If you’re a tequila, mezcal or sotol brand doing business in Texas, you know full well the reach of the Texas Alcoholic Beverage Commission (TABC).
For those of you who aren’t subscribed, the May 2015 edition of the TABC newsletter, TABC Today, is now available.
TABC Today is the official monthly newsletter of the Texas Alcoholic Beverage Commission.
If you have questions or comments about the newsletter, please contact Chris Porter, TABC Public Information Officer, at email@example.com.
You can view this month’s TABC Today by clicking here.
For those brands that are not in Texas yet, but planning the move, you may want to familiarize yourselves (and have your marketing & social media people familiarize themselves) with TABC Marketing Practices Bulletin 017 before kicking off any promotional tastings or bromos. Click here to read the marketing guidelines on promotional tastings in Texas.
The Texas Alcoholic Beverage Commission (formerly the Texas Liquor Control Board) was created in 1935.
The Texas Alcoholic Beverage Commission (TABC) is the state agency that regulates all phases of the alcoholic beverage industry in Texas. The duties of the commission include regulating sales, taxation, importation, manufacturing, transporting, and advertising of alcoholic beverages.
The TABC collects in excess of $200 million annually in taxes and fees, which aids in the financing of the state’s public schools, local governments, research, human services, and other areas in which state government provides services to all Texans.
The Alcoholic Beverage Code authorizes the Texas Alcoholic Beverage Commission to:
- Grant, refuse, suspend, or cancel permits and licenses in all phases of the alcoholic beverage industry;
- Supervise, inspect, and regulate the manufacturing, importation, exportation, transportation, sale, storage, distribution, and possession of alcoholic beverages;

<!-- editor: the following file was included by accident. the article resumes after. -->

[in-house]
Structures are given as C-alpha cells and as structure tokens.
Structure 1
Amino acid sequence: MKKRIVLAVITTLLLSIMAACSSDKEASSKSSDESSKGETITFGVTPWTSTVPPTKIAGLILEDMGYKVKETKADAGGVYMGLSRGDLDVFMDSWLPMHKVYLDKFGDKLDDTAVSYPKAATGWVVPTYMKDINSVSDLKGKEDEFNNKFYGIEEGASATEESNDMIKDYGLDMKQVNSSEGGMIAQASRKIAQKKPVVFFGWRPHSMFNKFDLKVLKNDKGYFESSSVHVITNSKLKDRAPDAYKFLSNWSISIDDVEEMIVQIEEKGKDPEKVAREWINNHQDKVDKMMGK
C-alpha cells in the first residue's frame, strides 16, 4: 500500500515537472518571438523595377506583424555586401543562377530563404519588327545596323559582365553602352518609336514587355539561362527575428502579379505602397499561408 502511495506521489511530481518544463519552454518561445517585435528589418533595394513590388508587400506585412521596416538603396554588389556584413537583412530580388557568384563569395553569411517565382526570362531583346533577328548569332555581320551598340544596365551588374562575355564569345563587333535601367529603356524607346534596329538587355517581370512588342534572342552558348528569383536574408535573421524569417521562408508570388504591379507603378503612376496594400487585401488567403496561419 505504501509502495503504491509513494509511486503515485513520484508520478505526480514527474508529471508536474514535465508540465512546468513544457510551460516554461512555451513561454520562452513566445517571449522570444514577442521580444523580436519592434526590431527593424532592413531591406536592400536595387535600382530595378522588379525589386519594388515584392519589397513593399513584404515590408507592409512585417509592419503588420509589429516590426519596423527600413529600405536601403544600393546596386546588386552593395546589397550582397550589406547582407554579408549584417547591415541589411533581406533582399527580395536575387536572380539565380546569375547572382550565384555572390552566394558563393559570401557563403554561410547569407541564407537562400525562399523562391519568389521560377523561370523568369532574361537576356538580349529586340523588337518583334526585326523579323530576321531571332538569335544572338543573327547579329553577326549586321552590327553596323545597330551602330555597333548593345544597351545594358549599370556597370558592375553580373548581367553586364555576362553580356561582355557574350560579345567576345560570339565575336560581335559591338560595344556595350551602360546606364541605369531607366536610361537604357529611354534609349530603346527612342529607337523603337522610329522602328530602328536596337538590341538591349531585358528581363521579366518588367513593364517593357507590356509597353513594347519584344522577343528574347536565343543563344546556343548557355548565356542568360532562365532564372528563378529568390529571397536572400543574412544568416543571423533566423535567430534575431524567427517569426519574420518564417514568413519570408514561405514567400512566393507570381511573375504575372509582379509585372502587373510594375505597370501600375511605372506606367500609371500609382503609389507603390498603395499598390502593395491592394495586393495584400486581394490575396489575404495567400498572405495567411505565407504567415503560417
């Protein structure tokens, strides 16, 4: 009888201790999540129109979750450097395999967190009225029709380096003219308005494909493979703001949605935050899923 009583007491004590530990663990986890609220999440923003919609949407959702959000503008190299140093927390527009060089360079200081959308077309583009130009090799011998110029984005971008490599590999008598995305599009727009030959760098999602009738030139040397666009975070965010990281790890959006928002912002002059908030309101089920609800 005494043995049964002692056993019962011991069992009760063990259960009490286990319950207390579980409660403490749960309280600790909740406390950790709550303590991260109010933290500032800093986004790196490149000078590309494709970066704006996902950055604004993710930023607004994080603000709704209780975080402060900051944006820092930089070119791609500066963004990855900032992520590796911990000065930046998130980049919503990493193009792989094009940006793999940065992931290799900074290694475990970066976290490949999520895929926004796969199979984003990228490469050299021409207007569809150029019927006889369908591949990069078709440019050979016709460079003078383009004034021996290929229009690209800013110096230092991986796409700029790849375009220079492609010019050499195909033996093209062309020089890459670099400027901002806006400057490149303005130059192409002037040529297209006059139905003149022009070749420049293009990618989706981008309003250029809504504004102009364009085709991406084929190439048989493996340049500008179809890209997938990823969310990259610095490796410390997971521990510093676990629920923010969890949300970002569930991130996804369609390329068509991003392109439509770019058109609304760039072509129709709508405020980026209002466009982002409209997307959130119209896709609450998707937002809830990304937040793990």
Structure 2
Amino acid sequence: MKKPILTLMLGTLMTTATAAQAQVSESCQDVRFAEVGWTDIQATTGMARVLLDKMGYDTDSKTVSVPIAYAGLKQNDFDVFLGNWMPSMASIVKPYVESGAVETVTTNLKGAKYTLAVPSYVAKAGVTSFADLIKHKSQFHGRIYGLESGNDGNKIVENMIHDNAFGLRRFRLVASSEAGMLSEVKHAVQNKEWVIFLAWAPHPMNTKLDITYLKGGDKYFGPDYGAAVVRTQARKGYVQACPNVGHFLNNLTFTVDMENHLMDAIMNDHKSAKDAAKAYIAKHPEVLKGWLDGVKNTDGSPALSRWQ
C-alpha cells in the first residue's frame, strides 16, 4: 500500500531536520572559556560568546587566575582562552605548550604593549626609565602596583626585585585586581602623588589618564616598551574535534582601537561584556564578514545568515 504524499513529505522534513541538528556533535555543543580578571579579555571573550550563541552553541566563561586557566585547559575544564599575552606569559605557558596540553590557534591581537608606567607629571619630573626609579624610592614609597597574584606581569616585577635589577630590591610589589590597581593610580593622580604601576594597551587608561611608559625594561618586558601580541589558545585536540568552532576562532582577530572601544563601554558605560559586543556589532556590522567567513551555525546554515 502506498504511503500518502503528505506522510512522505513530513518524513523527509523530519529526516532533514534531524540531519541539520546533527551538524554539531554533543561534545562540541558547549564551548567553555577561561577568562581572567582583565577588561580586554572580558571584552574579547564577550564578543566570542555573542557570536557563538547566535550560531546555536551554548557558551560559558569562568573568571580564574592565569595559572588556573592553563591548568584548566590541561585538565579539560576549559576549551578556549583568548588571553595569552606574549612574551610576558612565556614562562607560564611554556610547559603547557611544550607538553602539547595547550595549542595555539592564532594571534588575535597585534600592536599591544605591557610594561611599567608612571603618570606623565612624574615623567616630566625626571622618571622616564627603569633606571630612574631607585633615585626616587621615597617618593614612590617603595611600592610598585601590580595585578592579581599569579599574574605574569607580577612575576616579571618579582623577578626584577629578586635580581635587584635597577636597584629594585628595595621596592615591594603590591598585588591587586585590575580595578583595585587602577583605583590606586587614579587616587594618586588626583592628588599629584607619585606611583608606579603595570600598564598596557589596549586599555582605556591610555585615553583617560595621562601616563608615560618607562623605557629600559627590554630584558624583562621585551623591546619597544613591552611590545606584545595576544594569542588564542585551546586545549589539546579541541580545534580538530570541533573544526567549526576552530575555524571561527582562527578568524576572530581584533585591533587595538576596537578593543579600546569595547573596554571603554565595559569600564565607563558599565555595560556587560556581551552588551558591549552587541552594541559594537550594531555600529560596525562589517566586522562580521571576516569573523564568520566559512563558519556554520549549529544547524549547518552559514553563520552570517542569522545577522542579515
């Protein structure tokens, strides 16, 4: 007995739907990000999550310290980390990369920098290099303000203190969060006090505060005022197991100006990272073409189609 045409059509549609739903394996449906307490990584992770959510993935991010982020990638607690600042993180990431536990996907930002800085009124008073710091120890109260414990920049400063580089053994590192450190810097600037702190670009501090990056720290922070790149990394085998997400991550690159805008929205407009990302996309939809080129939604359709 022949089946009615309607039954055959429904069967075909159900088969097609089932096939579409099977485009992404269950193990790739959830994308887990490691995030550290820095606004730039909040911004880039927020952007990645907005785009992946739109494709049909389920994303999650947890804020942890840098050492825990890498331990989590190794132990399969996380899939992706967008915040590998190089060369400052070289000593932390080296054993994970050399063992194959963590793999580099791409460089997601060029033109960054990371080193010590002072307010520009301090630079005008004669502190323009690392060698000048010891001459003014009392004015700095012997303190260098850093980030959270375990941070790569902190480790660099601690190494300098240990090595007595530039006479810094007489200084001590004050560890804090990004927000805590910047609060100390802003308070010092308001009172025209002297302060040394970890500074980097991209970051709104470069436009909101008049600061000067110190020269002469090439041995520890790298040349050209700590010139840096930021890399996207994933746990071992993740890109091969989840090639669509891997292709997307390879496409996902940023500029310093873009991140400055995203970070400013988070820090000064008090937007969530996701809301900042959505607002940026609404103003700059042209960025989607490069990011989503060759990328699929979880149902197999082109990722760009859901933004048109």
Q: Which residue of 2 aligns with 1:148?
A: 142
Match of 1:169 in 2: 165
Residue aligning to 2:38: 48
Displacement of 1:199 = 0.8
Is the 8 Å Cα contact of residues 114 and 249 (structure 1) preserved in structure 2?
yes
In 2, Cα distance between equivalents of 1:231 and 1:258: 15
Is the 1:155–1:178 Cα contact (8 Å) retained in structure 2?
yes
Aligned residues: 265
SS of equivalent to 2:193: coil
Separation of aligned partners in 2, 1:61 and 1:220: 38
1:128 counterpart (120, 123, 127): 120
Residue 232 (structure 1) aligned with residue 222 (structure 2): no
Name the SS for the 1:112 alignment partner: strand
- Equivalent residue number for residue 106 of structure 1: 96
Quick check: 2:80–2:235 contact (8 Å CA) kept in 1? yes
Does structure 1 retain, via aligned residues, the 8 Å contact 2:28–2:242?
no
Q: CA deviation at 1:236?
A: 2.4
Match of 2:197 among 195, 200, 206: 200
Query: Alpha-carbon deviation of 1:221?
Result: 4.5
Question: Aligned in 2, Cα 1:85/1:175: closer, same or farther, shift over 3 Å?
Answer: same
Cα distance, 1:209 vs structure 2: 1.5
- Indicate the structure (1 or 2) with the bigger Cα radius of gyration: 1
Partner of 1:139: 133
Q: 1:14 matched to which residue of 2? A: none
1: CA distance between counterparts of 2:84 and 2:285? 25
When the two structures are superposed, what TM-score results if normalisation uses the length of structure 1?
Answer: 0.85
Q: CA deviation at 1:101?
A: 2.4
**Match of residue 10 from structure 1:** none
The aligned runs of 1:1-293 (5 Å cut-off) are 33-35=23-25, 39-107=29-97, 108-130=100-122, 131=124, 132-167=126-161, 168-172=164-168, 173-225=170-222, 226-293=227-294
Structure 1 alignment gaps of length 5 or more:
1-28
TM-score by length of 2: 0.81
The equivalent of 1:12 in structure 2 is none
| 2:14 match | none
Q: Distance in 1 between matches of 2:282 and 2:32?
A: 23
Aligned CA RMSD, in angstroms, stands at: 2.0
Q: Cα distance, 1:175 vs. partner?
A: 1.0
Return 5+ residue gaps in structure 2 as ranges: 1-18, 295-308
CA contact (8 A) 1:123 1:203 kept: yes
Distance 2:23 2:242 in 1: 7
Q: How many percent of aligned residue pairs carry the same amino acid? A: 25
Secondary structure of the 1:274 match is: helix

- Assess and collect fees and taxes;
- Investigate for violations of the Alcoholic Beverage Code and assist in the prosecution of violators;
- Seize illicit beverages;
- Adopt standards of quality and approve labels and size of containers for all alcoholic beverages sold in Texas;
- Pass rules to assist the agency in all of the above.
The 21st Amendment, which signaled repeal of national prohibition in the 1930’s, allows each state to control the importation and use of alcoholic beverages within its boundaries. This is probably the only remaining right guaranteed more or less exclusively to the states.
The Texas Alcoholic Beverage Code was enacted to protect against involvement of the criminal element in alcoholic beverage trafficking. The legislature has very strictly prohibited persons who have been convicted of certain crimes from obtaining licenses or permits. Also prohibited are “tied house” violations where ownership overlaps the three marketing levels (manufacturing, wholesaling and retailing) in the beverage alcohol industry.
The separation of marketing levels is closely scrutinized. TABC employees review all shipments of alcoholic beverages into Texas, as well as any transfer of merchandise between wholesalers. Background investigations and other research are undertaken when a person applies for a permit or license to operate in some phase of the industry. Efforts are made to detect ownership by others involved at different levels, as well as those factors which could tend to disqualify an applicant, such as previous criminal history or indebtedness to the state for taxes.